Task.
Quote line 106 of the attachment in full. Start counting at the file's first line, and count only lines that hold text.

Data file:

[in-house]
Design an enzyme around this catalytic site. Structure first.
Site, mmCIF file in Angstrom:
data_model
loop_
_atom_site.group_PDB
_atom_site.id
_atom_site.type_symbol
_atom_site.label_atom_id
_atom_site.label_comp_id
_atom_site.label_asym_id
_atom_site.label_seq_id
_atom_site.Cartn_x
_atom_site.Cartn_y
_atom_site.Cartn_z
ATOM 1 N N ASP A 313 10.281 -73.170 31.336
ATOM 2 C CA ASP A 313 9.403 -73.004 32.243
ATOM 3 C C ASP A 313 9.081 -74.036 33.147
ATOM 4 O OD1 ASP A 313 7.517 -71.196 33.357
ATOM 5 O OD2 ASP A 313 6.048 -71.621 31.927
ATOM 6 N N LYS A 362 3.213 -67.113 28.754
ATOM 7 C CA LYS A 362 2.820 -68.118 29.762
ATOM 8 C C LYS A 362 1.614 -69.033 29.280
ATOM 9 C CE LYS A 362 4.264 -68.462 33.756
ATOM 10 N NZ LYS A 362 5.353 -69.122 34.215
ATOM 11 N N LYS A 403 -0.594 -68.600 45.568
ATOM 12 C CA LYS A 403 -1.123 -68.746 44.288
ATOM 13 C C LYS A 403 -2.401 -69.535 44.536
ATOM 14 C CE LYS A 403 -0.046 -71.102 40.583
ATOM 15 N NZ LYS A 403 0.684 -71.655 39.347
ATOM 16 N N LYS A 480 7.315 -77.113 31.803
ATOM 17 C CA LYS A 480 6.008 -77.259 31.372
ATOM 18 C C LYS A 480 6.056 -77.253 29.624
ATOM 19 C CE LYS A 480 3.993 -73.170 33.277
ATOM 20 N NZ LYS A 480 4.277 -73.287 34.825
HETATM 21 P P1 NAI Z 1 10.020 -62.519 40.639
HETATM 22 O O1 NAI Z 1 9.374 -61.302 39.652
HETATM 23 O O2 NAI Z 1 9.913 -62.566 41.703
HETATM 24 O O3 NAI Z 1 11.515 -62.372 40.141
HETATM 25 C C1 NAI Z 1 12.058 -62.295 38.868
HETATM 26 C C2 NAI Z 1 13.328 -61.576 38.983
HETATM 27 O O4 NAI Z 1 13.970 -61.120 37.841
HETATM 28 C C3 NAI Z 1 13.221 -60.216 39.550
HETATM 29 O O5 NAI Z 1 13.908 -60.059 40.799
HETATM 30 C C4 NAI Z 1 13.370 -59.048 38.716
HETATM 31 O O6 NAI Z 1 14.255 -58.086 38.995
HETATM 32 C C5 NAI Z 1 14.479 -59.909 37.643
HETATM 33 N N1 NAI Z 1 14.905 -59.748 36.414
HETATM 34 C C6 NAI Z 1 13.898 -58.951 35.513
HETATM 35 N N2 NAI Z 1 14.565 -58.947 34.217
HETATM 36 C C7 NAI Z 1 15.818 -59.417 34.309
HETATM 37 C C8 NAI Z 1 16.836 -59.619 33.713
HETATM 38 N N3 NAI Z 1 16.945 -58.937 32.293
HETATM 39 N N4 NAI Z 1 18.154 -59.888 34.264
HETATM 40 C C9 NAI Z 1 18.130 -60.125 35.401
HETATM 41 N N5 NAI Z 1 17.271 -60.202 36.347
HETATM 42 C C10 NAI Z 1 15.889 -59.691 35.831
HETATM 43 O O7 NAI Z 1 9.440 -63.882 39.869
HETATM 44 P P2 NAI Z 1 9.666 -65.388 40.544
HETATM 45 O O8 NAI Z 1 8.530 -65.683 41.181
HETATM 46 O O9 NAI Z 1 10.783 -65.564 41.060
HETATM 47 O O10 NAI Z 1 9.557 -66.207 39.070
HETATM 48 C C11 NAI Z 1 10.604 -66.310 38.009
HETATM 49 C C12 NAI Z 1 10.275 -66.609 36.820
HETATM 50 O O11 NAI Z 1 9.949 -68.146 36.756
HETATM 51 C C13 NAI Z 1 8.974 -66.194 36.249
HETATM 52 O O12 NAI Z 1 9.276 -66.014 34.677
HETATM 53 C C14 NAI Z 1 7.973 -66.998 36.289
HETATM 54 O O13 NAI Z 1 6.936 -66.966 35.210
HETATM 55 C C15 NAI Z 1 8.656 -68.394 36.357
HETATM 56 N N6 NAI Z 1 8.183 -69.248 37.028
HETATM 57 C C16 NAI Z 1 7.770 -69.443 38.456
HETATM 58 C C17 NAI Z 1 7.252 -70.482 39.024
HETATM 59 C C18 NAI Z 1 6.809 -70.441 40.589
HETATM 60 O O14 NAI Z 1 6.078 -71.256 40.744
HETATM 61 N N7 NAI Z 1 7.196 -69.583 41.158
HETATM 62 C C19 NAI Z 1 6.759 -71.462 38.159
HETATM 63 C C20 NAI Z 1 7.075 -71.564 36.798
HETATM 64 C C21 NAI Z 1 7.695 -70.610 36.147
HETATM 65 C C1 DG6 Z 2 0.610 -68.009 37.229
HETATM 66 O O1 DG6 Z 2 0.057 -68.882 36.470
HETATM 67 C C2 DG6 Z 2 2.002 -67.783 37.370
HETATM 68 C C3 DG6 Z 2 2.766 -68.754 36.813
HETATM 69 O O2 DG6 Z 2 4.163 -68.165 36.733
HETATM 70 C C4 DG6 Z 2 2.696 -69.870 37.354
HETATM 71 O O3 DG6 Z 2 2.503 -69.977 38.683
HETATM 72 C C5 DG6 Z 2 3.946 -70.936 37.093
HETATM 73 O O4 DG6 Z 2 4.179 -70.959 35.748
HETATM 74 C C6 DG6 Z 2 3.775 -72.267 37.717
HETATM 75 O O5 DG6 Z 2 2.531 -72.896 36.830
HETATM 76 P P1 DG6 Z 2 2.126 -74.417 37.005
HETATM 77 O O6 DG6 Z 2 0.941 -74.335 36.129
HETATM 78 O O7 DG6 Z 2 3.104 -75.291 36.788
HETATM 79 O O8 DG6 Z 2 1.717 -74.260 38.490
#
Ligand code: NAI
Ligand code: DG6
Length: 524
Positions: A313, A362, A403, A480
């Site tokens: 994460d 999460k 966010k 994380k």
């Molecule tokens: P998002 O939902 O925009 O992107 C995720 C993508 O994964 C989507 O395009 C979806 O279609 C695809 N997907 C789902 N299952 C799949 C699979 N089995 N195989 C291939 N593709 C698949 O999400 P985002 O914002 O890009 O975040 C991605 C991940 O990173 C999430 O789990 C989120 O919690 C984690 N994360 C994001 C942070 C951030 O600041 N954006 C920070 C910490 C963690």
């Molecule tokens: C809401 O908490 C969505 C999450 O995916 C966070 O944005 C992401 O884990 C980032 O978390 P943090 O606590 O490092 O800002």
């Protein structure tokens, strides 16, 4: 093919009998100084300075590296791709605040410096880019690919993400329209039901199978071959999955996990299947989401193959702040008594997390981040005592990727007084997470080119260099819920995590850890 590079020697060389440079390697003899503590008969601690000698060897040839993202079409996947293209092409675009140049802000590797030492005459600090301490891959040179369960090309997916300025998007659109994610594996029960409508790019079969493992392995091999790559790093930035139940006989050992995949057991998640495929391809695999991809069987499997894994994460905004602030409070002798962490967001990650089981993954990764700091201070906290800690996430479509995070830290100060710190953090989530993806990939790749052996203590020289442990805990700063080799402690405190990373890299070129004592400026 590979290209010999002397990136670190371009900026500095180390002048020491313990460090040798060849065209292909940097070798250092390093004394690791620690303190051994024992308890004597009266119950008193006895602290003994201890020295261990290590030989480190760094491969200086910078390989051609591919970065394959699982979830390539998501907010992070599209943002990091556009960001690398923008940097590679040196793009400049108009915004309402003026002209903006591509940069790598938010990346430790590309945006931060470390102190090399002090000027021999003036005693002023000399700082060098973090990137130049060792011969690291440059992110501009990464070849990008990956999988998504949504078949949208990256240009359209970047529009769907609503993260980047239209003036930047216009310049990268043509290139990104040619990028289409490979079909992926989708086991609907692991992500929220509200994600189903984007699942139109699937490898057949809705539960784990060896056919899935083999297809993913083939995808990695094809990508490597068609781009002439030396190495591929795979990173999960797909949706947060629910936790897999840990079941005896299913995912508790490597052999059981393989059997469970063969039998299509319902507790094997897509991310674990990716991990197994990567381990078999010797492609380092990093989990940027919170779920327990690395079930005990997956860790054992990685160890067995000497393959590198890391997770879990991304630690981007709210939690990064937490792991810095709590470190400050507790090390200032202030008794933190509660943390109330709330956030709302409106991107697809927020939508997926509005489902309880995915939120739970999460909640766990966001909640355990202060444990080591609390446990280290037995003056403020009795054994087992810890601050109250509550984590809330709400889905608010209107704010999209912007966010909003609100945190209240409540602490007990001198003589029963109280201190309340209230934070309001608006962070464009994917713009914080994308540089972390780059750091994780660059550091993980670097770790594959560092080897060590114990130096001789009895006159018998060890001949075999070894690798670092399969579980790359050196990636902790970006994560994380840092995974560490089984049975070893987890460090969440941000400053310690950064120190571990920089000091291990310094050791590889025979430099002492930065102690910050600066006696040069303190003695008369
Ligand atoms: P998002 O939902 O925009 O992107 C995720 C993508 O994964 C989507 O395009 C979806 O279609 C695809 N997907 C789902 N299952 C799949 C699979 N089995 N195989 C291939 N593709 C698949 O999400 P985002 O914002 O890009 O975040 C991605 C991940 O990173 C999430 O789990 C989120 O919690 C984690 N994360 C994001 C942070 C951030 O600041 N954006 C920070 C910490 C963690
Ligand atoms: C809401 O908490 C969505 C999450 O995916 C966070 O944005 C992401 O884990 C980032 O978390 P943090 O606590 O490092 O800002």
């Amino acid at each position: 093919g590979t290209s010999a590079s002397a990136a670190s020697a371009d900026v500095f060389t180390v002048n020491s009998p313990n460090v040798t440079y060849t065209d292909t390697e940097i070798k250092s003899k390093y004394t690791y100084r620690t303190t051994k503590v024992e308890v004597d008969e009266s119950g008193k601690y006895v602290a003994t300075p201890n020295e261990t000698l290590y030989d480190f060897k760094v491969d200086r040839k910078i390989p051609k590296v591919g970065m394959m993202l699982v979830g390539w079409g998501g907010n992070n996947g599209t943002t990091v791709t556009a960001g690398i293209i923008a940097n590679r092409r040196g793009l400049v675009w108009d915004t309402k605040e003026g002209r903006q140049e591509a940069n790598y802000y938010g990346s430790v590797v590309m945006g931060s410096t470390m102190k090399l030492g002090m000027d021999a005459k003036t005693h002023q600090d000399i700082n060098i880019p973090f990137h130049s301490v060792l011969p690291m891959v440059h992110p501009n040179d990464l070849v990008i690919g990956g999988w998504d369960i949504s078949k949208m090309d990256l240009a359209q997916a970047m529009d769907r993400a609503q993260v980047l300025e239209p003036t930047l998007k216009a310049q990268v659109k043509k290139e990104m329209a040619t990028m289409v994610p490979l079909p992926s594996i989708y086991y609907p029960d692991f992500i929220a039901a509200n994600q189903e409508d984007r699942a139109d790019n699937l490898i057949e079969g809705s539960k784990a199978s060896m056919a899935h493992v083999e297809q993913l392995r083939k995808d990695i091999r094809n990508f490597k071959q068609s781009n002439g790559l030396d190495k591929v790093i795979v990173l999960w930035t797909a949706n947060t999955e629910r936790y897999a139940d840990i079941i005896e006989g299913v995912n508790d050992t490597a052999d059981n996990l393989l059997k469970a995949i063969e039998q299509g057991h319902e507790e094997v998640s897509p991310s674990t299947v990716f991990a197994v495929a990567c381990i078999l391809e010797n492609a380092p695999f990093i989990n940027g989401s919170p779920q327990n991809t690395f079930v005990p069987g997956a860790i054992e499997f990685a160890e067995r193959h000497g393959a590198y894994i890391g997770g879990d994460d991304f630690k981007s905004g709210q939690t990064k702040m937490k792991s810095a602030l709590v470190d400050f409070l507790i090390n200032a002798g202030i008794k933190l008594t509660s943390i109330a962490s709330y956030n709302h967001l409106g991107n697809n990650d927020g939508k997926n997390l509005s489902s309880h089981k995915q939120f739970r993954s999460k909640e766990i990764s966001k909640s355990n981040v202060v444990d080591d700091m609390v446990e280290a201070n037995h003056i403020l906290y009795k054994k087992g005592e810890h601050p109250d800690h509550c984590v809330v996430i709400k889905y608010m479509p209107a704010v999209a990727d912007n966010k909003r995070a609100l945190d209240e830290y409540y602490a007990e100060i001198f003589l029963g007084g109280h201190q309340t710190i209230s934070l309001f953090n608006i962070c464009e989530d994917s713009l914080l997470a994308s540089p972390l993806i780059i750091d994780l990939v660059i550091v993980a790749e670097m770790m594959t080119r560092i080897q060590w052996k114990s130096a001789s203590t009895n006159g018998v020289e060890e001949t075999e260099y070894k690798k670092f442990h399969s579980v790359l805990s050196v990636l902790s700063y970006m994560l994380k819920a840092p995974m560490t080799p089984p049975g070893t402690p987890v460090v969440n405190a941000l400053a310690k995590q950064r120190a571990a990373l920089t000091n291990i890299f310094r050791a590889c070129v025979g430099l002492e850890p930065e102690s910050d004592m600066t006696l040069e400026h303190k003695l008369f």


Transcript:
């Amino acid at each position: 093919g590979t290209s010999a590079s002397a990136a670190s020697a371009d900026v500095f060389t180390v002048n020491s009998p313990n460090v040798t440079y060849t065209d292909t390697e940097i070798k250092s003899k390093y004394t690791y100084r620690t303190t051994k503590v024992e308890v004597d008969e009266s119950g008193k601690y006895v602290a003994t300075p201890n020295e261990t000698l290590y030989d480190f060897k760094v491969d200086r040839k910078i390989p051609k590296v591919g970065m394959m993202l699982v979830g390539w079409g998501g907010n992070n996947g599209t943002t990091v791709t556009a960001g690398i293209i923008a940097n590679r092409r040196g793009l400049v675009w108009d915004t309402k605040e003026g002209r903006q140049e591509a940069n790598y802000y938010g990346s430790v590797v590309m945006g931060s410096t470390m102190k090399l030492g002090m000027d021999a005459k003036t005693h002023q600090d000399i700082n060098i880019p973090f990137h130049s301490v060792l011969p690291m891959v440059h992110p501009n040179d990464l070849v990008i690919g990956g999988w998504d369960i949504s078949k949208m090309d990256l240009a359209q997916a970047m529009d769907r993400a609503q993260v980047l300025e239209p003036t930047l998007k216009a310049q990268v659109k043509k290139e990104m329209a040619t990028m289409v994610p490979l079909p992926s594996i989708y086991y609907p029960d692991f992500i929220a039901a509200n994600q189903e409508d984007r699942a139109d790019n699937l490898i057949e079969g809705s539960k784990a199978s060896m056919a899935h493992v083999e297809q993913l392995r083939k995808d990695i091999r094809n990508f490597k071959q068609s781009n002439g790559l030396d190495k591929v790093i795979v990173l999960w930035t797909a949706n947060t999955e629910r936790y897999a139940d840990i079941i005896e006989g299913v995912n508790d050992t490597a052999d059981n996990l393989l059997k469970a995949i063969e039998q299509g057991h319902e507790e094997v998640s897509p991310s674990t299947v990716f991990a197994v495929a990567c381990i078999l391809e010797n492609a380092p695999f990093i989990n940027g989401s919170p779920q327990n991809t690395f079930v005990p069987g997956a860790i054992e499997f990685a160890e067995r193959h000497g393959a590198y894994i890391g997770g879990d994460d991304f630690k981007s905004g709210q939690t990064k702040m937490k792991s810095a602030l709590v470190d400050f409070l507790i090390n200032a002798g202030i008794k933190l008594t509660s943390i109330a962490s709330y956030n709302h967001l409106g991107n697809n990650d927020g939508k997926n997390l509005s489902s309880h089981k995915q939120f739970r993954s999460k909640e766990i990764s966001k909640s355990n981040v202060v444990d080591d700091m609390v446990e280290a201070n037995h003056i403020l906290y009795k054994k087992g005592e810890h601050p109250d800690h509550c984590v809330v996430i709400k889905y608010m479509p209107a704010v999209a990727d912007n966010k909003r995070a609100l945190d209240e830290y409540y602490a007990e100060i001198f003589l029963g007084g109280h201190q309340t710190i209230s934070l309001f953090n608006i962070c464009e989530d994917s713009l914080l997470a994308s540089p972390l993806i780059i750091d994780l990939v660059i550091v993980a790749e670097m770790m594959t080119r560092i080897q060590w052996k114990s130096a001789s203590t009895n006159g018998v020289e060890e001949t075999e260099y070894k690798k670092f442990h399969s579980v790359l805990s050196v990636l902790s700063y970006m994560l994380k819920a840092p995974m560490t080799p089984p049975g070893t402690p987890v460090v969440n405190a941000l400053a310690k995590q950064r120190a571990a990373l920089t000091n291990i890299f310094r050791a590889c070129v025979g430099l002492e850890p930065e102690s910050d004592m600066t006696l040069e400026h303190k003695l008369f």